Is GIS Use in Crime Analysis Effective at Curbing Crime?

Caitlin Dempsey


A new study by researchers at Sam Houston State University found that the use of GIS is widespread in analyzing crime data but that almost no studies have been done to determine if using spatial analysis is an effective tool in reducing crime rates.  “Geographic Information System Effects on Policing Efficacy: An Evaluation of Empirical Assessments was published in the 2014 issue of the International Journal of Applied Geospatial Research.

The researchers examined the use of geospatial technologies in policing and found that GIS is commonly used for mapping crime, identifying crime “hot spots“, assigning officers, and profiling offenders.  Yan Zhang, a SHSU professor and co-author of the research noted that, “Published accounts of applications in policing suggest a significant role in crime analysis and strategic deployment. Nonetheless, there is a total lack of independent evaluation of GIS effect in policing organizations.”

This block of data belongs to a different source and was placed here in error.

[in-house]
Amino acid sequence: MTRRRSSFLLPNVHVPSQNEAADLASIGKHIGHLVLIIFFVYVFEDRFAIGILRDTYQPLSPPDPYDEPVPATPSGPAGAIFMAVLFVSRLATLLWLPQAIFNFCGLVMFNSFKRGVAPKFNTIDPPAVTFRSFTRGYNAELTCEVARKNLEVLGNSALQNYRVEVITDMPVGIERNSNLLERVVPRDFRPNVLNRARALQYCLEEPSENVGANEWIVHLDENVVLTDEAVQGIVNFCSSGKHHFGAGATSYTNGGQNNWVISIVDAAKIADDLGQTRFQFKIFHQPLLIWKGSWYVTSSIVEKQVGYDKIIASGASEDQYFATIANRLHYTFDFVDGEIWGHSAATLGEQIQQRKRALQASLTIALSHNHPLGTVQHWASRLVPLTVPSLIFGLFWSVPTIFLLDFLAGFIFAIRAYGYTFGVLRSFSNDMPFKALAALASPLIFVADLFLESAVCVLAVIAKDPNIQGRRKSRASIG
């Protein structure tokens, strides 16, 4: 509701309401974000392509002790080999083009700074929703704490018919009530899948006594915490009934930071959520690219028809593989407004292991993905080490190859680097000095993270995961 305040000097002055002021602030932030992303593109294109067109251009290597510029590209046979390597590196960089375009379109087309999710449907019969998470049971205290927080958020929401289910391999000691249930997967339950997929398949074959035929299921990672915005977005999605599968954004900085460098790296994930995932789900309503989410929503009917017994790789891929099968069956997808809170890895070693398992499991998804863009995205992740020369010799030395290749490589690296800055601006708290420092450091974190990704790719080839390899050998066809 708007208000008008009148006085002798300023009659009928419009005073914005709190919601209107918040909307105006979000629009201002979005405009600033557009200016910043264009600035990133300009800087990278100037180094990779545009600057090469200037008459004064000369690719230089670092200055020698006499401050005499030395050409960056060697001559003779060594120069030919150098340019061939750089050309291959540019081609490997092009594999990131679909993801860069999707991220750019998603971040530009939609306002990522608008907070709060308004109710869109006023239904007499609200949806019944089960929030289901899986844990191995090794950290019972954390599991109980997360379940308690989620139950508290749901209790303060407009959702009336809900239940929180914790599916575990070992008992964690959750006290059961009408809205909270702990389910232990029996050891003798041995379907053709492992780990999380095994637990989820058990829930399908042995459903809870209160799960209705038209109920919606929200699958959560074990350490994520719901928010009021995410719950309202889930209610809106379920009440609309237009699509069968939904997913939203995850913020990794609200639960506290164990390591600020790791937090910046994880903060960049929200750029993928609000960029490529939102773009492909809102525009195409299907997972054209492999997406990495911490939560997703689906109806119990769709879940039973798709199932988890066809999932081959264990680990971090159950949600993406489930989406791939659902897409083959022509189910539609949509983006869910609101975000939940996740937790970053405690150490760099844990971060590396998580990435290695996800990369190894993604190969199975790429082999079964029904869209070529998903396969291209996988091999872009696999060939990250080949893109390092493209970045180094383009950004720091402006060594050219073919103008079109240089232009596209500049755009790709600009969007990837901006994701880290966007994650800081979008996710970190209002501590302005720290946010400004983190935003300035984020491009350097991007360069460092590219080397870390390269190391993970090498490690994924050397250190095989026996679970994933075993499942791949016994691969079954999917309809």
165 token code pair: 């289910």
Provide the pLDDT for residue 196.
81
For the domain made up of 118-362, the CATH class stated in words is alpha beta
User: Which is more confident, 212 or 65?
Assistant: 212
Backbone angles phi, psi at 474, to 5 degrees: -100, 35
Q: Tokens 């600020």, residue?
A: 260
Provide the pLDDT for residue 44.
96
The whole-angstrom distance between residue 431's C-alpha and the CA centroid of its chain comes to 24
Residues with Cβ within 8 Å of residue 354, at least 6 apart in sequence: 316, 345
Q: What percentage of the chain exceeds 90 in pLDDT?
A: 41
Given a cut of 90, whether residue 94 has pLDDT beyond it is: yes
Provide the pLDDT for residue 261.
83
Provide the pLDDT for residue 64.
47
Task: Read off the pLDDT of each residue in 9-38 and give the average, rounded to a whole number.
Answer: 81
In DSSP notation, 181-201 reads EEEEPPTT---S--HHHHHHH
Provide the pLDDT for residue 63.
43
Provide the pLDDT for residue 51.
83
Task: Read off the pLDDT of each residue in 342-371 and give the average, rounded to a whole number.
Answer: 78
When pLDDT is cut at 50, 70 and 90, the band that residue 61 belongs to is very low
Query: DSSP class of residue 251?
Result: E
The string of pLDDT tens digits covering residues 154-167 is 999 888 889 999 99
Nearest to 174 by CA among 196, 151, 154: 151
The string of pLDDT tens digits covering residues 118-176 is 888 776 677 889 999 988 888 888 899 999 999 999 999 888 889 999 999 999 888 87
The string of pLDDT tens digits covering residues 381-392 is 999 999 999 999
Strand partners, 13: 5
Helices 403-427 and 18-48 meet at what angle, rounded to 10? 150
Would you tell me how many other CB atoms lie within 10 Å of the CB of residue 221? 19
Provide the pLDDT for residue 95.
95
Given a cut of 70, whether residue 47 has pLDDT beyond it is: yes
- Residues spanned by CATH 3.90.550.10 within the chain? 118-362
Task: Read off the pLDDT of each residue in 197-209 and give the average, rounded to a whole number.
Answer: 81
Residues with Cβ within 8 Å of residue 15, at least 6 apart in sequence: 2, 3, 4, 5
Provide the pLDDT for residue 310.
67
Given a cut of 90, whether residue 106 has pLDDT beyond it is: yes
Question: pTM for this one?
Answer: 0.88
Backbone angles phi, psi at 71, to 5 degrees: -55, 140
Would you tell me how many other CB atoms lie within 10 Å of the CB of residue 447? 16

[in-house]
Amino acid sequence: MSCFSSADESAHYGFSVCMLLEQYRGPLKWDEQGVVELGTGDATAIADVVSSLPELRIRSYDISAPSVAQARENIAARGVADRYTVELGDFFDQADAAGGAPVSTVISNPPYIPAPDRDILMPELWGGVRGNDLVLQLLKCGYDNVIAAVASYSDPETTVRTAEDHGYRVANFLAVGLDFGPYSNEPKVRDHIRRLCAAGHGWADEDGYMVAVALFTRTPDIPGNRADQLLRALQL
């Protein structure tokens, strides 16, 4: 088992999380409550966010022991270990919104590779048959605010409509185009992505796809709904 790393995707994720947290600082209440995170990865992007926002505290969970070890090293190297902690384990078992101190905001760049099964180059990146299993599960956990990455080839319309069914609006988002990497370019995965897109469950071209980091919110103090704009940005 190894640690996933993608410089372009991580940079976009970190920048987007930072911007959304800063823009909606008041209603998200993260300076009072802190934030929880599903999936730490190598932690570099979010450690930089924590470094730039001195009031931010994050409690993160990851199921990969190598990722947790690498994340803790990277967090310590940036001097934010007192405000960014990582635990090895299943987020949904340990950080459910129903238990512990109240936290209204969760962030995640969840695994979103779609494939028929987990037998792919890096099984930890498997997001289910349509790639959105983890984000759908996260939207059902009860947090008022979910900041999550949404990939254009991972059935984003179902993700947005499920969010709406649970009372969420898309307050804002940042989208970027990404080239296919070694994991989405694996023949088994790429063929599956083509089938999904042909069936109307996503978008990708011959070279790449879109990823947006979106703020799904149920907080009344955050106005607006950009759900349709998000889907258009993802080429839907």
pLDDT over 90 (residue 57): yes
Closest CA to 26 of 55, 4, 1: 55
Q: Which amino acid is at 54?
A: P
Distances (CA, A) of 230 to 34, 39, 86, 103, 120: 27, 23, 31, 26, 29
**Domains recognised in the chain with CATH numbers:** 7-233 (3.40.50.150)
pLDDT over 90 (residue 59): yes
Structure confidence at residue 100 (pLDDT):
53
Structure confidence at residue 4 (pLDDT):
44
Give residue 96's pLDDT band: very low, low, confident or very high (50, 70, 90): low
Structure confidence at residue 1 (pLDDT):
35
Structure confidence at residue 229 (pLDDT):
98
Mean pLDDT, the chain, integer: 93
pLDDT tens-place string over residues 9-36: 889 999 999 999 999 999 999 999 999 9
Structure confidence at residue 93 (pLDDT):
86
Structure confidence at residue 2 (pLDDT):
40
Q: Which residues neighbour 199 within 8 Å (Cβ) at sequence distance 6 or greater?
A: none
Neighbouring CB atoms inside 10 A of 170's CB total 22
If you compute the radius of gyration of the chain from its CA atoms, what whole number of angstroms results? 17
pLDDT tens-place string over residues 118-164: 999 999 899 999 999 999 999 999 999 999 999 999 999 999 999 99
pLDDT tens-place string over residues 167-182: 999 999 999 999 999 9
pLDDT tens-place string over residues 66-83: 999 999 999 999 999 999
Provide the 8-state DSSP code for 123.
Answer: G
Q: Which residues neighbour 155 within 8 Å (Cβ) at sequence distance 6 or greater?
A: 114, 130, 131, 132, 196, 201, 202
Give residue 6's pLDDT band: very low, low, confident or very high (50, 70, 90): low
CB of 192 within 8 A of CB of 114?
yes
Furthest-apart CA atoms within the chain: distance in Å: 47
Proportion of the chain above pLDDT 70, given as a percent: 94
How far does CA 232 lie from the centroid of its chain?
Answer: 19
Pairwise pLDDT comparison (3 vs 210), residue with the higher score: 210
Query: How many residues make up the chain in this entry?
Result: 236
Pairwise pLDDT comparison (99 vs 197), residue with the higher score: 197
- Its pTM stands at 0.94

“There is a near total lack of independent evaluations of GIS effects in police organizations,” adds Zhang. “Since GIS represents a significant element of both strategic and tactical decision making for law enforcement agencies, purposeful, focused and relevant evaluations would contribute to maximizing GIS efficacy.”


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Geographic Information System Effects on Policing Efficacy: An Evaluation of Empirical Assessments  – International Journal of Applied Geospatial Research

Sam Houston State study examines use of GIS in policing – Press Release from Sam Houston University

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About the author
Caitlin Dempsey
Caitlin Dempsey is the editor of Geography Realm and holds a master's degree in Geography from UCLA as well as a Master of Library and Information Science (MLIS) from SJSU.